At its simplest definition, a disciple is one who replicates the life of his or her leader. In our case at Love KC, we say, disciples live out the message and the methods of Jesus.

The starting point for us at Love KC when we think about discipleship is to take our lead from Jesus own words. We prioritize the two great commandments found in Luke 10:27. Jesus said they summarize the law and the prophets. What are they? I’m guessing you can quote, Love the Lord your God with all your heart, soul, strength and mind and love your neighbor as yourself. Whew! That’s a mouth full!

There is so much there but for this moment let’s summarize, love God and love your neighbor as a starting point.

I’ve found there are a million plans on how to “love God” so I’m not going to mine that vein here except to say that these two are so interrelated that loving God must also include “loving your neighbor.” I’m sure you agree. But you might not agree with this if you don’t do the second well you are not keeping the spirit of the first.

Repeatedly, I hear sermons, read books and see plans for developing the love God command. What’s less common is to listen to plans for loving our neighbors as one’s self. This is the concern I want to lean into with you.

What does it look like to love your neighbor as yourself?

I like it that Jesus said, love your neighbor as yourself. This puts this action in one’s personal space. We can’t just say, in an aspirational way, I love everyone and be serious. Of course, you can’t love everyone as you love yourself. It is impossible and impractical.

That leads us to the question an expert in the law asked Jesus in this same section of scripture, verse 29, who is my neighbor?  Jesus gave us both the “who” and the “how” when it comes to neighboring. The how is, you get up close and personal, and it is going to cost you something. The who, from his story of the Good Samaritan, is the person in proximity to you with a need. They could be ethnically similar or dissimilar to you. This was a radical thought to the Jew but not to Jesus.

I like to say that a neighbor could equal the obvious, one who lives nearby. Don’t overlook the person who lives next door.  But it could also represent a coworker, friend, or person you know in a third space. Think” sphere of influence.” A neighbor could be anyone with whom you live, study, work and play.

Now that we’ve defined neighbor we are getting closer to determining what it means to be a disciple. Back to the two great commandments, I’m guessing you have a plan for loving God. You are probably willing to be held accountable for it. But do you have a plan for loving your neighbors as yourself?

Can I offer a starting point? Pray for your neighbors daily. Care for them as the Holy Spirit gives opportunity and share—share your life, your home, your story and the story of Jesus. Prayer, care, and share are a baseline.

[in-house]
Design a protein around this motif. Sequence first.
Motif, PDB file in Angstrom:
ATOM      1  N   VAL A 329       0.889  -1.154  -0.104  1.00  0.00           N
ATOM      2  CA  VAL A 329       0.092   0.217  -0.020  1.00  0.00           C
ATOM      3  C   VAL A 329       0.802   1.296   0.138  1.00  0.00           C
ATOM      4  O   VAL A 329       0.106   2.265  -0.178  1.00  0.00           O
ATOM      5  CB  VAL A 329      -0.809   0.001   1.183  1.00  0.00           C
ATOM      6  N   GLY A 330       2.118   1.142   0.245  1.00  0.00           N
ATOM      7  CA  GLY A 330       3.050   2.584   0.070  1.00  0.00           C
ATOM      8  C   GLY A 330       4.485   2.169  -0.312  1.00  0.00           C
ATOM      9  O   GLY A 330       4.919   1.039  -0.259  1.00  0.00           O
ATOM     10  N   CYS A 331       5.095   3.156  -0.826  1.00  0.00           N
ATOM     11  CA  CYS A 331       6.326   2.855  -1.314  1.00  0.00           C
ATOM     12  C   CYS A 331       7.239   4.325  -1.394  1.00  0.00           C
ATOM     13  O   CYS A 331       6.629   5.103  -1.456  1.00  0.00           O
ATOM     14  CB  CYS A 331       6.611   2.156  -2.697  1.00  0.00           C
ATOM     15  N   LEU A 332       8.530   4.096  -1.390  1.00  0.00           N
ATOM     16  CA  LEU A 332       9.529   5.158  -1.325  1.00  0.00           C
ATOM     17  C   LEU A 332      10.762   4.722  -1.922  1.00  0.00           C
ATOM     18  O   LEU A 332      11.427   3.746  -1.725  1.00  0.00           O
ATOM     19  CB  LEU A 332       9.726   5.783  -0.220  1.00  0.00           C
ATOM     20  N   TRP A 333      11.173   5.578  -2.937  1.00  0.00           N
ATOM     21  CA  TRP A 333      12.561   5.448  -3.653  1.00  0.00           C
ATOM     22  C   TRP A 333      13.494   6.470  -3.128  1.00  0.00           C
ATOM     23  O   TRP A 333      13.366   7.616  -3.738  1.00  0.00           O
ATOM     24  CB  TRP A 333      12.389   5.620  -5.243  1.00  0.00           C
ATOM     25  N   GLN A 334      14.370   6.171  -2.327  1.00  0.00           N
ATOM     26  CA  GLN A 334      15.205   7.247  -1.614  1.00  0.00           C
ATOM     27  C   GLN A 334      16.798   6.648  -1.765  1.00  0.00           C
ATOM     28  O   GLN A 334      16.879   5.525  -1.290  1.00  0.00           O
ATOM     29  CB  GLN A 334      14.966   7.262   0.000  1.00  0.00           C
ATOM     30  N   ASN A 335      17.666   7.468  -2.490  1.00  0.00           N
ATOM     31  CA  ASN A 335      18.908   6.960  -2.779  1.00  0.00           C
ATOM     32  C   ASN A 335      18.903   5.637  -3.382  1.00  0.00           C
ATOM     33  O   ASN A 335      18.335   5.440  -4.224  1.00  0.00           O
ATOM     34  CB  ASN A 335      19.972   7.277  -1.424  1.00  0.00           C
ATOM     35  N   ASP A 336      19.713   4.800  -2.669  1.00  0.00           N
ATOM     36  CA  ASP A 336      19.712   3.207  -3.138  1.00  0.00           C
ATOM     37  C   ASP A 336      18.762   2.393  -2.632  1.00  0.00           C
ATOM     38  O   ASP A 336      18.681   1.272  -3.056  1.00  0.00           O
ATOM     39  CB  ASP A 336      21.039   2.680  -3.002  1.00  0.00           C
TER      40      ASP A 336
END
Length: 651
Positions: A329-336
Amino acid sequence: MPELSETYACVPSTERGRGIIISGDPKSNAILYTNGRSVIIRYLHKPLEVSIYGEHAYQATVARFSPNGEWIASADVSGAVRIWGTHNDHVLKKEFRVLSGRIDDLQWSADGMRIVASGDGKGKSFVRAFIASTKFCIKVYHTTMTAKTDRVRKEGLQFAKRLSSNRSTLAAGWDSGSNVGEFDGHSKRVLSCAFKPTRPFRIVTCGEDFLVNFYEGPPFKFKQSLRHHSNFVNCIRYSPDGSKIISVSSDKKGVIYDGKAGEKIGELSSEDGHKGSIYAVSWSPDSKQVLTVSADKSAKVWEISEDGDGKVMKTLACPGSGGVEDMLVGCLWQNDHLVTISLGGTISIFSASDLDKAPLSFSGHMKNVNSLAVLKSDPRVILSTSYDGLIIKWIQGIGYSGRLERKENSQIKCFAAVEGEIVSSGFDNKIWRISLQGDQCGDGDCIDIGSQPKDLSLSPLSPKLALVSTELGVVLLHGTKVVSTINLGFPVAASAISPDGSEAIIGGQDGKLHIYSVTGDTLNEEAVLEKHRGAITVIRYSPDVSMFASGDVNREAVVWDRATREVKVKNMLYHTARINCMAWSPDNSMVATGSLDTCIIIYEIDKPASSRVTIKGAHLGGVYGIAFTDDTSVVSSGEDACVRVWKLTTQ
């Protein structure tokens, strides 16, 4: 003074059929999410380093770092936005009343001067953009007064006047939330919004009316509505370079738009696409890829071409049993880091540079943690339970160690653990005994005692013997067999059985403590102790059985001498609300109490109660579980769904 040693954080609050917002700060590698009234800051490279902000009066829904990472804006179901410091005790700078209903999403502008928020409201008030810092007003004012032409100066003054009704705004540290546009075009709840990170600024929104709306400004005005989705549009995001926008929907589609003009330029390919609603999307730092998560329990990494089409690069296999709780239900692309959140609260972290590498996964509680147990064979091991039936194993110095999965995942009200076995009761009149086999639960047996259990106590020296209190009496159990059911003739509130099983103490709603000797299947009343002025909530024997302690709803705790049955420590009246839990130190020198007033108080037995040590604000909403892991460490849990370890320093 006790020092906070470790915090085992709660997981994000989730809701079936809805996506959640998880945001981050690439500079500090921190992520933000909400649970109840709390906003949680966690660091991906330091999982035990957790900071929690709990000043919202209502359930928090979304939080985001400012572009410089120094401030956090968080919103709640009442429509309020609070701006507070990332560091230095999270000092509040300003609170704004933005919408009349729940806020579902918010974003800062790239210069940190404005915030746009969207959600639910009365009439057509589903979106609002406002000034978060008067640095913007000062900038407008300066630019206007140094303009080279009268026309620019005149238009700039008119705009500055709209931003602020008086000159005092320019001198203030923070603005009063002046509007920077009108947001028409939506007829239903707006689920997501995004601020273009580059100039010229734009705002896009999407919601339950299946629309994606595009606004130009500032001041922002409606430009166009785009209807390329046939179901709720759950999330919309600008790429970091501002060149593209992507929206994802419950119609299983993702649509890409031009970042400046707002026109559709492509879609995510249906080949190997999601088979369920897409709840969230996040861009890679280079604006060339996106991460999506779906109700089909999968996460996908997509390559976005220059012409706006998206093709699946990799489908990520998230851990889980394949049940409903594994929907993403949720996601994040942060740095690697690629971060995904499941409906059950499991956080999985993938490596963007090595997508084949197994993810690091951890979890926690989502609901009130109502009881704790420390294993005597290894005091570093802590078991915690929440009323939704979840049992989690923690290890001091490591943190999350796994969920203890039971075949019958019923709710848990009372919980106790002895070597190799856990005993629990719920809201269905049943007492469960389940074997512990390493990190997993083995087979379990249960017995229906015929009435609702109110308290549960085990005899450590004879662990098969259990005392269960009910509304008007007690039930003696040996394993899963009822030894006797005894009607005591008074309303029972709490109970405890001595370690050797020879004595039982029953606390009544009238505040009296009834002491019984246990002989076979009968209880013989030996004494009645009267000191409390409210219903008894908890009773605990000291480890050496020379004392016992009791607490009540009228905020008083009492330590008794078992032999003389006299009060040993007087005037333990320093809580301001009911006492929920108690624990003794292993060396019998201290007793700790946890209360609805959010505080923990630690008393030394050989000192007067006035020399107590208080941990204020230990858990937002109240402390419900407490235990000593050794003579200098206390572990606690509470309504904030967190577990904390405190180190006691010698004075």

I know people who say a step-up is loving with the B.L.E.S.S. rhythms.

B – Begin with prayer

L – Listen to both to God and your neighbor, then engage

E – Eat together (I have to admit I like this part)

S – Serve

S – Story, share your story and the story of Jesus

Still, others say, keep it simple, pray and connect.

On this we agree, have a plan for loving your neighbor and be as dedicated to loving horizontally as you are to loving vertically.

A discipleship plan that doesn’t involve loving your neighbors in tangible ways falls short. And, if you were serious about it, I ask, what would it look like for you to invite accountability?

To put it another way, live on mission every day. Join Jesus where He is already at work. See your neighborhood, workplace and social spaces as your mission field and think about yourself as a missionary.

Jesus lived incarnationally in our world. The Word became flesh and moved into the neighborhood is how the New Living Bible translates John 1:14. If we follow the message and the methods of Jesus, discipleship looks like allowing Jesus to live through us in our world.

In the pages of the Lovekc.net website, you find ways to grow as a disciple. There are stories, best practices, podcasts, articles and contact information with those who’ve decided loving your neighbor is not an option.

Remember, people are not to be a project. They deserve our best “Jesus-like” love. If that isn’t discipleship, I’m not sure what is.

Enjoy the website. If you have questions, ask. If you have suggestions, offer them. If you want to work together to reach our city, neighborhood by neighborhood, home by home, person by person, let’s partner together.

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